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This year’s ‘Biafra Day’ is being commemorated low-key as Nigeria grapples with restrictions put in place to curb the coronavirus pandemic which has spread to all but one state in the West African country.

The event is marked every May 30 mostly by pro-Biafra sympathisers and many Igbos in remembrance of the brutal civil war which ended exactly 50 years ago after claiming millions of lives.

The Indigenous People of Biafra (IPOB), a separatist group calling for an independent Biafran country, has led protest march and rallies to mark the civil war. But this has often resulted in violent confrontations between them and security agencies over the past few years.

At least 150 peaceful pro-Biafra protesters were killed between August 2015 and August 2016 as Nigerian security forces embarked on – what Amnesty International described as – a chilling campaign of extrajudicial executions and violence in the Southeast.

During the 2017 Biafra Remembrance Day march, at least 60 people were killed as hundreds of protesters clashed with security forces across the Southeast region, according to Amnesty International.

IPOB resorted to sit-at-home protests the following years of ‘Biafra Remembrance Day,’ especially in the memory of pro-Biafra activists killed by security agencies over the years.

In 2018, the group called for the closure of all markets within “Biafran territory”, and a halt of all vehicular movements in the area from 12 a.m. on May 29 till midnight of May 30.

The order was overwhelming observed that year but partially adhered to in 2019.

Following lockdowns already in place against the coronavirus which has affected the Nigerian economy, the separatist group said it has replaced the sit-at-home order with a three-day fasting and prayer.

“There won’t be any sit-at-home or indoor protest or remembrance because our people have stayed much at home during the coronavirus lockdown. IPOB wouldn’t like to bother the people with another lockdown in form of sit-at-home”, Emma Power, IPOB media secretary said in a statement on Thursday.

“After much consideration and deliberations, IPOB high command, therefore, urges Biafrans both at home and in the diaspora to observe this year’s remembrance day with fasting and prayers.

“The programme for this year’s event will last for three days from May 27 to 30, 2020.

“This year’s episode and the event will start with prayers and end with prayers. There will also be a candle processions at every state, local government area, ward, and the church in our land.”

The Biafran Civil War

The Nigerian Civil War, better known as the Biafra war (July 6, 1967 – January 15, 1970), was a war fought between the government of Nigeria and the secessionist state of Biafra. Immediate causes of the war in 1966 included a military coup, a counter-coup, and persecution of Igbos living in Northern Nigeria.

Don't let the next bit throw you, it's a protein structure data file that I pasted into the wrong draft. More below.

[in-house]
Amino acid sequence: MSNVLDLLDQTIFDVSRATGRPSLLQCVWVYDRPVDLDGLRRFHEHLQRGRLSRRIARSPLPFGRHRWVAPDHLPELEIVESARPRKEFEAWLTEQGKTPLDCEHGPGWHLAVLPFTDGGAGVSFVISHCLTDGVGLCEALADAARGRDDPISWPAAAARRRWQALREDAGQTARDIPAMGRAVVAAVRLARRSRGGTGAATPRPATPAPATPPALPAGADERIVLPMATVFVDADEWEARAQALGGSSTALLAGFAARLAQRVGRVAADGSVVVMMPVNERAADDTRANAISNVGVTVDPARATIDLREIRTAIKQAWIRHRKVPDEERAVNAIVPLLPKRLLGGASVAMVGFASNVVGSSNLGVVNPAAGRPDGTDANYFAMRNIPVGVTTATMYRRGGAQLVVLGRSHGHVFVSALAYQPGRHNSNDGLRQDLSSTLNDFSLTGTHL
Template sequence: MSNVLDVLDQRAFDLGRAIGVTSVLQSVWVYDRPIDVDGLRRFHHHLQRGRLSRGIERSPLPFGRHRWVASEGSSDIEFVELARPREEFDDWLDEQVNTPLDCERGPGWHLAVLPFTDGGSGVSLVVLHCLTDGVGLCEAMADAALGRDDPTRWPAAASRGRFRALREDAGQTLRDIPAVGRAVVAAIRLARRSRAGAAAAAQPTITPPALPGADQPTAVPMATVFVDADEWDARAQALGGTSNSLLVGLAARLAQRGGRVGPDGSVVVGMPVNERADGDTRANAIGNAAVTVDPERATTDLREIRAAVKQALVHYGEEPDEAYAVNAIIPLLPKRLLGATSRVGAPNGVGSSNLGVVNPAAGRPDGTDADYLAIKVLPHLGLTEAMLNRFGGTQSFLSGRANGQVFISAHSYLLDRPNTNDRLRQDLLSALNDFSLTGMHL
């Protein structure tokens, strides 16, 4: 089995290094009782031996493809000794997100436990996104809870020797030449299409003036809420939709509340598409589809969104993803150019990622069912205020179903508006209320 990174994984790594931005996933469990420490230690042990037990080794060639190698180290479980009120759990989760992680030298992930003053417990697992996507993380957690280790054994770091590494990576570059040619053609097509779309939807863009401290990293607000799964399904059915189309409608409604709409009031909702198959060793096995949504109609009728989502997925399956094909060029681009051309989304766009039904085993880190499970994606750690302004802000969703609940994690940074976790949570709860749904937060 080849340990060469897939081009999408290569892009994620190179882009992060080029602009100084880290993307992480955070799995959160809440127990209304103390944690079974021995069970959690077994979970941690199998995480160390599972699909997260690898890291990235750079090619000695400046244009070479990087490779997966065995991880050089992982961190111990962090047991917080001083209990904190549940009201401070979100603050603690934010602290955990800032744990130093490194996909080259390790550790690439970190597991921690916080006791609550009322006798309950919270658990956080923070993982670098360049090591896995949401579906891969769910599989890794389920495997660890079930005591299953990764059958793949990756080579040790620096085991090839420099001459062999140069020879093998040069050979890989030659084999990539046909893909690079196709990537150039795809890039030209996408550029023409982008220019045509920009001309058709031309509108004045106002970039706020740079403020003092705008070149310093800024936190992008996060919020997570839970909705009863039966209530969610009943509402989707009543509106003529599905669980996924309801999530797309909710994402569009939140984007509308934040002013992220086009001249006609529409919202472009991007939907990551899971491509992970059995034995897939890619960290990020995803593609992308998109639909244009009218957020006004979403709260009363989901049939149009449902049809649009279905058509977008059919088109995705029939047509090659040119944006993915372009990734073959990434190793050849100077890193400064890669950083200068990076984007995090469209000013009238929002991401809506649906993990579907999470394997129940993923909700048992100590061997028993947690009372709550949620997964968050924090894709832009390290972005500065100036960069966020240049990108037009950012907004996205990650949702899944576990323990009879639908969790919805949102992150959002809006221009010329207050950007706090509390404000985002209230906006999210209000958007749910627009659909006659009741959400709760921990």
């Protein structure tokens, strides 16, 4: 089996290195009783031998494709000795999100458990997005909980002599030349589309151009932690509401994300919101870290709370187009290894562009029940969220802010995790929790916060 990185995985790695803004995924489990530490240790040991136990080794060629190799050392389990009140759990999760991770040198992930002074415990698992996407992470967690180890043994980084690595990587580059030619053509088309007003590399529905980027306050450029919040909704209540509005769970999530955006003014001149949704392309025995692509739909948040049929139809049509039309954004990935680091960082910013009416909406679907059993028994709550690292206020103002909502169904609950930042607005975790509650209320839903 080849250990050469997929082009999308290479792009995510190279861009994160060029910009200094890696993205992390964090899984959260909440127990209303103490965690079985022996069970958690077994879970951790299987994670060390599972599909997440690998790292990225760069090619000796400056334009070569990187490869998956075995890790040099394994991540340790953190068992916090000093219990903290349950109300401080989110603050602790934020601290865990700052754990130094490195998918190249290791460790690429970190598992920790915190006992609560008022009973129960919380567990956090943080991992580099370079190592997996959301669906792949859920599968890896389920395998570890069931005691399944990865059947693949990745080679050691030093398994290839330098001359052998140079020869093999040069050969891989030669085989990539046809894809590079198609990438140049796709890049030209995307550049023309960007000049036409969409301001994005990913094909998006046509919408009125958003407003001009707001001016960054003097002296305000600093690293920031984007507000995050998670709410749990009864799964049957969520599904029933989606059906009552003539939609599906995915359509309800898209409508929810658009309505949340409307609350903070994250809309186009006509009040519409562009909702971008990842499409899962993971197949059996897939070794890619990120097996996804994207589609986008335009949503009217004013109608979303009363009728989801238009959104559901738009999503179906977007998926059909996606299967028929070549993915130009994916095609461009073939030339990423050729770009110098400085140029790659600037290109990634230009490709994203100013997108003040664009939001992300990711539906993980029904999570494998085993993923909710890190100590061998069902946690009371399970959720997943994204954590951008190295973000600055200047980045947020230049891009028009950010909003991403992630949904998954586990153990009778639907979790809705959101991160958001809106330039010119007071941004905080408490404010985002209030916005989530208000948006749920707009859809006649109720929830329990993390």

Ultimately, it led to the declaration of a sovereign state of Biafra by the then 33-year-old military officer, Emeka Odumegwu Ojukwu at the helm in 1967.

In reaction, the Nigerian government declared war and after 30 months of fighting, Biafra surrendered. On January 15, 1970, the conflict officially ended.

The government’s policy of “no victor, no vanquished” may have led to a lack of official reflection, but many Nigerians of Igbo origin grew up on stories from people who lived through the war.

The government has often been condemned for not prioritizing the preservation of the historic event like other countries such as Rwanda and the U.S. who have also fought civil wars.

There is no date marked in the Nigerian calendar for the remembrance of the civil war and no cenotaph was built in remembrance of any of those who died.

These and many other perceived marginalisation fueled agitations from the Nnamdi Kanu-led IPOB that is at the vanguard of the call for the independent Biafra Republic from the Nigerian state through a referendum.

Other Activities to mark Biafra Day

Meanwhile, there are some other activities lined up for the remembrance event.

Human Rights activist and former Executive Chairman of National Human Rights Commission, Chidi Odinkalu is among Igbo leaders expected to speak, online, on Saturday, as part of 53rd anniversary of Biafra.

Other speakers include Social Scientist and founder of Enugu Center for Memories, Patrick Okigbo III; Nicholas Omenka, visiting Professor of History, Godfrey Okoye University, Enugu; Ifeoma Ezedinachi, lecturer, Department of History and International Studies, Godfrey Okoye University, Enugu; and Nana Nwachukwu, knowledge management advisor, DFID.

The BBC is also organizing a live panel session by 12 p.m. to mark the event. Those to speak are Onyeka Onwenu, singer and human rights activist; Nnia Nwodo, President of Ohanaeze Ndi Igbo, the apex Igbo socio-cultural organization; and Tony Nnadi.

Biafra war timeline compiled by the BBC

January 1966 – Nigerian government was overthrown in what was seen as an “Igbo coup” led by junior army officers

January 1966 – Lt Col Odumegwu-Ojukwu appointed the military governor of Eastern Region

July 1966 – Second coup masterminded by Murtala Muhammed, Lt Col Yakubu Gowon becomes head of state

June to October 1966 – Riots in northern Nigeria targeted at Igbos, killing many and forcing up to a million to return to south-eastern Nigeria

May 1967 – Ojukwu declares the independence of the Republic of Biafra
July 1967 – War begins

October 1967 – Biafran capital Enugu falls

May 1968 – Nigeria captures oil-rich Port Harcourt

April 1969 – Umuahia, new Biafran capital falls to Nigerian forces

January 1970 – Ojukwu flees Nigeria

January 1970 – Biafra surrenders

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